I write this blog because I like to think about, write about, and eat food.
Today, I noticed a few hits on this blog from a new source with an interesting-sounding URL…so I clicked on over there to discover: theft! The offending site, which proposes to be a platform for “southern food experts”, is republishing my words and original photographs (credited to me, but uncompensated, and uncredited to http://www.bouillie.wordpress.com). AND, those suckers are running banner ads, thus making a buck off of MY words.
Which brings me to my next point: all works and original photographs on this blog are copyright reserved, as noted on the “About” page. So, that means you, dear reader, can quote from this site, paraphrase in writing something you read here (with attribution), share it with your friends, link to it, read it aloud to your dog, print out a recipe to try later, but you CANNOT republish it someplace else and make a buck off of it. Hell, you can’t even republish it and NOT make any money.
Media Law 101, first day’s lecture: don’t take the work of others and attempt to monetize it. Not only is it bad karma, but it will get you a nice cease & desist letter from my in-house counsel (who also happens to make a good jambalaya).
Notice I didn’t name the site: I’m sure you can find it with Google if you’re terribly curious, but I don’t want to give them a single, solitary new visitor until they take down the content that belongs to me.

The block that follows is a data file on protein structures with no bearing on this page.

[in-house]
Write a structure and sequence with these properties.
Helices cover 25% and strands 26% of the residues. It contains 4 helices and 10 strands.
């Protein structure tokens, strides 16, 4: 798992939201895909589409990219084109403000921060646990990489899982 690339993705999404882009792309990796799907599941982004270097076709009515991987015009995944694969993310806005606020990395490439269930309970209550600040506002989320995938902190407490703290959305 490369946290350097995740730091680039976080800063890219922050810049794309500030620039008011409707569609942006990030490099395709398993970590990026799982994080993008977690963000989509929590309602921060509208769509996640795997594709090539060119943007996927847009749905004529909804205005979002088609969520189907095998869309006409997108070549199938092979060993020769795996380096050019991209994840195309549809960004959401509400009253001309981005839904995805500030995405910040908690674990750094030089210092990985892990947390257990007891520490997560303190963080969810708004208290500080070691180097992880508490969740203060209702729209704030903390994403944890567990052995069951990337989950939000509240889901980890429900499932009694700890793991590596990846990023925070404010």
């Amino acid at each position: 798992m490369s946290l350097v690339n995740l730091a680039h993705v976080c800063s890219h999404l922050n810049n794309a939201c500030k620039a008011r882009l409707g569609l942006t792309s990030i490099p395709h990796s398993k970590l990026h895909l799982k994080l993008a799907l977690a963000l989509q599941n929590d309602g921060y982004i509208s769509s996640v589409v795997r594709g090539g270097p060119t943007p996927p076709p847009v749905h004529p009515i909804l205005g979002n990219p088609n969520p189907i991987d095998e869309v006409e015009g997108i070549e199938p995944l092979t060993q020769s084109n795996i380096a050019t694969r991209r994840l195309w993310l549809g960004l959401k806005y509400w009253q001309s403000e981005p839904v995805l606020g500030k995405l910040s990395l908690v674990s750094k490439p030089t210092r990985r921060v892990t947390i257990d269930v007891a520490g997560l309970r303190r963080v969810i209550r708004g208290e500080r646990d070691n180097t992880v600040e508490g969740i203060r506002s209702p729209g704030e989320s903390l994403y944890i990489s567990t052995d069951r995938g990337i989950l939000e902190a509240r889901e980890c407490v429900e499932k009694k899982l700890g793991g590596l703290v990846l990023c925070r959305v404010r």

Has anyone else out there been ripped off in this fashion?
UPDATE: As of 8:45 am on 9/20/10, the site had removed most of my content. One lone post & photograph remained (the one about La Divina’s new Loyola location), except my name no longer appeared as author…it is now credited to anonymous. How nice. So I felt forced to post a comment to that effect….bah!
UPDATE #2: A moderator from the offending site wrote to me, stating that she’d asked an intern to identify potential blogs for inclusion in the site. She was unaware that I hadn’t given permission for the blog feed’s reposting. Business lessons from this little annoyance: 1)don’t assign important tasks with potential legal import to interns. 2)written consent is just that: if you don’t have someone’s permission in writing, don’t assume permission was granted. 3)the internet is damn near transparent, so if you’re reusing content, Google will find you.